La EDC es una lesión de buceo de alto perfil a causa de su gravedad potencial. Pero es necesario que los buzos recuerden que no todos los problemas relacionados con el buceo se transforman en EDC. Cuando dos o más condiciones tienen síntomas que se superponen, como sucede en el caso de muchas lesiones relacionadas con el buceo, el diagnóstico diferencial es el proceso por el cual el personal médico determina cuál de las potenciales condiciones es, probablemente, más responsable de los síntomas.

The term decompression illness (DCI) was coined to encompass both DCS and the related condition known as arterial gas embolism (AGE), the latter arising from barotrauma of the lungs that introduces gas into the systemic bloodstream. Some of the other conditions and circumstances that involve similar symptoms include inner-ear barotrauma; middle-ear or maxillary sinus overinflation; contaminated breathing gas; oxygen toxicity; musculoskeletal strains or trauma sustained before, during or after a dive; marine life envenomation; immersion pulmonary edema; water aspiration; and coincidental neurological disorders, such as stroke (Vann et al. 2011). Thermal stress — sometimes due to excessive heat, but usually due to cold exposure — can also be responsible for similar symptoms. In some cases, a careful medical history can easily rule out one diagnosis or another. For example, symptoms of immersion pulmonary edema often develop at depth. In such a case, a good history would rule out DCS, which only develops after significant decompression stress during ascent.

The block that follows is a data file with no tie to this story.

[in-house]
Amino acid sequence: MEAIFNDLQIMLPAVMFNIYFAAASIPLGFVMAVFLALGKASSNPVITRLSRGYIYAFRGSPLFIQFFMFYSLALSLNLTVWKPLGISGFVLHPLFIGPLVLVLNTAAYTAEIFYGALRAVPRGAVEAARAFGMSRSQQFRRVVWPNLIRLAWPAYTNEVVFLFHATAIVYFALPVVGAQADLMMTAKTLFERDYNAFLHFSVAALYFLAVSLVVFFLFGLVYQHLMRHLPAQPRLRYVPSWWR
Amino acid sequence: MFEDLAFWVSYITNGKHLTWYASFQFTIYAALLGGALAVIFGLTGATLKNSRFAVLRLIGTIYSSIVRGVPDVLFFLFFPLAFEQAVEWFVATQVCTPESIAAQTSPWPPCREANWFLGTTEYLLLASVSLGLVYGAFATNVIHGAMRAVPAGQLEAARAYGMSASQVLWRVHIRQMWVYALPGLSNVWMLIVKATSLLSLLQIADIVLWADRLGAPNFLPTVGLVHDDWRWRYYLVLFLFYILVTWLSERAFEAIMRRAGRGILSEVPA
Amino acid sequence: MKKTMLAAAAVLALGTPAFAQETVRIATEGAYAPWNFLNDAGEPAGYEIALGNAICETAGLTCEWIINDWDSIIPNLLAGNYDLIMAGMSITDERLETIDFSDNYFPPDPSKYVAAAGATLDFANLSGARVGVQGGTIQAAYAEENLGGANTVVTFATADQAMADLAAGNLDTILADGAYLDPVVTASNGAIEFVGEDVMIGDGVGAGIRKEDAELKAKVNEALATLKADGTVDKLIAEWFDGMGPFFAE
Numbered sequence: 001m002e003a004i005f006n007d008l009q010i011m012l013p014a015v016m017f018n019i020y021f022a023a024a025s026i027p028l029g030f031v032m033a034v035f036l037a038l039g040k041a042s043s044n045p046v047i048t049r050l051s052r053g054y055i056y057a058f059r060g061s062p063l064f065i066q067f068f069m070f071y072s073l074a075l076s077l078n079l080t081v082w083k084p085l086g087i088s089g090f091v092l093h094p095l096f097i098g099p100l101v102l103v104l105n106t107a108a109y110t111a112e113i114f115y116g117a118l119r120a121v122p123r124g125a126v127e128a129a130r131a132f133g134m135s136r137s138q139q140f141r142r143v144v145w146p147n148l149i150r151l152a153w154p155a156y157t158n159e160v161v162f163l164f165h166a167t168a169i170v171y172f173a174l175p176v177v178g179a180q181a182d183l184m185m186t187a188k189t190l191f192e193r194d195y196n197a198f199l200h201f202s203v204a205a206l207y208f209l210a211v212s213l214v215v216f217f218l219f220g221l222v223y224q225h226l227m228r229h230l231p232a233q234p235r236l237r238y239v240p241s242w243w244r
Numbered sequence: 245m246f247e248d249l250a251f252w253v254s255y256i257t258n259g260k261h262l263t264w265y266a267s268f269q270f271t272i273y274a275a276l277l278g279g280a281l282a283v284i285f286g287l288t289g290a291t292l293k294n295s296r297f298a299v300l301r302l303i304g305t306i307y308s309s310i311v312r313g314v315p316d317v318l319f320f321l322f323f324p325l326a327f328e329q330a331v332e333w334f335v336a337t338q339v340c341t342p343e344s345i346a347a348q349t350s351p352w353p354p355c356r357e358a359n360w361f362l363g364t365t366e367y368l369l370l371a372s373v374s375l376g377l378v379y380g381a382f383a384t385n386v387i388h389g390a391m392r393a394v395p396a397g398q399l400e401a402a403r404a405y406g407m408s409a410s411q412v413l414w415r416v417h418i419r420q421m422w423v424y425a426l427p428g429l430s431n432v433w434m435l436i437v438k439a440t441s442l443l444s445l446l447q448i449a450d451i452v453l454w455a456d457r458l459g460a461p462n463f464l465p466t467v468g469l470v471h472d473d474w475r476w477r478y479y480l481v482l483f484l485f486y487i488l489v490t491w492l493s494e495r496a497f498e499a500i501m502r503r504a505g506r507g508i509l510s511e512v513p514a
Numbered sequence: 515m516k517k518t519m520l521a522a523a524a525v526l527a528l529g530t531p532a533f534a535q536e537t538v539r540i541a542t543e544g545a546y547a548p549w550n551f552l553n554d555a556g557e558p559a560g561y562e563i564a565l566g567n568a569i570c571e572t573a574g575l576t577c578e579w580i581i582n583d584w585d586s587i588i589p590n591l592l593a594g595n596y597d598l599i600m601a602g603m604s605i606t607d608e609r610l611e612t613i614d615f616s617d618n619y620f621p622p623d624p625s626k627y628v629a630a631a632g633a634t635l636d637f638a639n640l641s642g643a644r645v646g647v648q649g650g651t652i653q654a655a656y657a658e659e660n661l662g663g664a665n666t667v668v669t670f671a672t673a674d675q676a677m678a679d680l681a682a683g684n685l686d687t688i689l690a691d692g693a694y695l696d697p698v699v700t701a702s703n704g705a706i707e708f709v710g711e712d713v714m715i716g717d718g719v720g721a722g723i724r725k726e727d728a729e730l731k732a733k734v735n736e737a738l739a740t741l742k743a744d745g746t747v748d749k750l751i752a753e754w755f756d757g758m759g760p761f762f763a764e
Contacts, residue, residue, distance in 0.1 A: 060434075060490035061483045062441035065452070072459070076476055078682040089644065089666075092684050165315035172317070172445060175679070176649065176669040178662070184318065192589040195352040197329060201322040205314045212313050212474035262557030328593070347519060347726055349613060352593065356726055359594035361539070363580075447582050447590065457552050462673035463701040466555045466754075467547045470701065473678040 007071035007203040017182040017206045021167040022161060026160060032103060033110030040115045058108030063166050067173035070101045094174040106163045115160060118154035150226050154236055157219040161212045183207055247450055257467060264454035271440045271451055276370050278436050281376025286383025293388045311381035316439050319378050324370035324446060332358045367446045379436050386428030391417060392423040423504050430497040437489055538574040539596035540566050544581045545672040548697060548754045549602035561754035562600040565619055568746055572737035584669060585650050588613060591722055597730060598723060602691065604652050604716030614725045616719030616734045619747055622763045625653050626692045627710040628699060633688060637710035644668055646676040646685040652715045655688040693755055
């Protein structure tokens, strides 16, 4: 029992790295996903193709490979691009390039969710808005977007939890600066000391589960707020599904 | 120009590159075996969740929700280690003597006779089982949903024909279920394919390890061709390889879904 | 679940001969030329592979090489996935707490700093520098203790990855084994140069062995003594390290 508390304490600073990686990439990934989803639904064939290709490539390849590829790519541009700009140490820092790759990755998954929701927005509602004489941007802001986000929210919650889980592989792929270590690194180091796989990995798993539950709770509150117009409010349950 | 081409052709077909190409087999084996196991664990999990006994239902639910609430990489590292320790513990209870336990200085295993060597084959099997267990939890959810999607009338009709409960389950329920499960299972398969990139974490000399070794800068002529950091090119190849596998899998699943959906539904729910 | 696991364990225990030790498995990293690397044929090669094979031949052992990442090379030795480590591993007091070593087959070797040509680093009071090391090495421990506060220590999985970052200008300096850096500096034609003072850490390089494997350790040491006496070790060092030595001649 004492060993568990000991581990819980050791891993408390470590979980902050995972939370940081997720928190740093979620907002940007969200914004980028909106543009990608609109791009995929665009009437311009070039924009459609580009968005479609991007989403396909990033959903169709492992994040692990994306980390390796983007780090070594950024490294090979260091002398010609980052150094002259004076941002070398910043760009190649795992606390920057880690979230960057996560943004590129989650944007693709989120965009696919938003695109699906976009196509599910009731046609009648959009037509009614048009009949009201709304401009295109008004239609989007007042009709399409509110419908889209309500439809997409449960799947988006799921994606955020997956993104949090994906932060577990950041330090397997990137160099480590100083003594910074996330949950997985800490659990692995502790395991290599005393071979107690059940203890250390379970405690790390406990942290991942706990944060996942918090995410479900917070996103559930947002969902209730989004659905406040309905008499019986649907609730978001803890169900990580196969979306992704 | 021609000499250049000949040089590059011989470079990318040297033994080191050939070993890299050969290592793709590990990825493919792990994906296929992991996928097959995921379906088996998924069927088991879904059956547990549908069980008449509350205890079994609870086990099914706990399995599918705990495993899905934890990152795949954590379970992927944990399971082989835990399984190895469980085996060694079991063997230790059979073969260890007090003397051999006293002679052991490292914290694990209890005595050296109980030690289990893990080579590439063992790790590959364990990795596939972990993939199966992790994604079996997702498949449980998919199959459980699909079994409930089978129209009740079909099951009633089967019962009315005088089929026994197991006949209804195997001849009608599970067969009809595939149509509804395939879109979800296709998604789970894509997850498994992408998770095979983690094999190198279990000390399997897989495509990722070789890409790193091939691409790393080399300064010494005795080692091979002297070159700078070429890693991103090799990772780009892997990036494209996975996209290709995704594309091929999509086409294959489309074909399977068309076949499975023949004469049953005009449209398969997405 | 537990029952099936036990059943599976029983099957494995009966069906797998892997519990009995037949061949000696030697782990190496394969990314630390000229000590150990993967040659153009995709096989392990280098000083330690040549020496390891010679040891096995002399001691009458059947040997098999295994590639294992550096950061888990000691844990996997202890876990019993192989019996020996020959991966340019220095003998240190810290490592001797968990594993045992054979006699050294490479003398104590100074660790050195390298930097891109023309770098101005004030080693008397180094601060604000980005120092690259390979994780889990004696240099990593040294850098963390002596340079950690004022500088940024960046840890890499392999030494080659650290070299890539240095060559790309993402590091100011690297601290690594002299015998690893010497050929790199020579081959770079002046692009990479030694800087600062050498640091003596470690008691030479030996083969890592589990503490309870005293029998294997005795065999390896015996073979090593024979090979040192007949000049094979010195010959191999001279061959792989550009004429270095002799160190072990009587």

Es esencial para los buzos con cualquiera de estos síntomas buscar la evaluación y el apoyo médico. Mientras que el personal que brinda los primeros auxilios puede hacer el análisis inicial de una persona lesionada realizando una evaluación neurológica in situ, las capacidades de los que no son médicos no se acercan a las habilidades y conocimientos clínicos que poseen los especialistas experimentados.

Siguiente: Chapter 4 – Treating Decompression Sickness >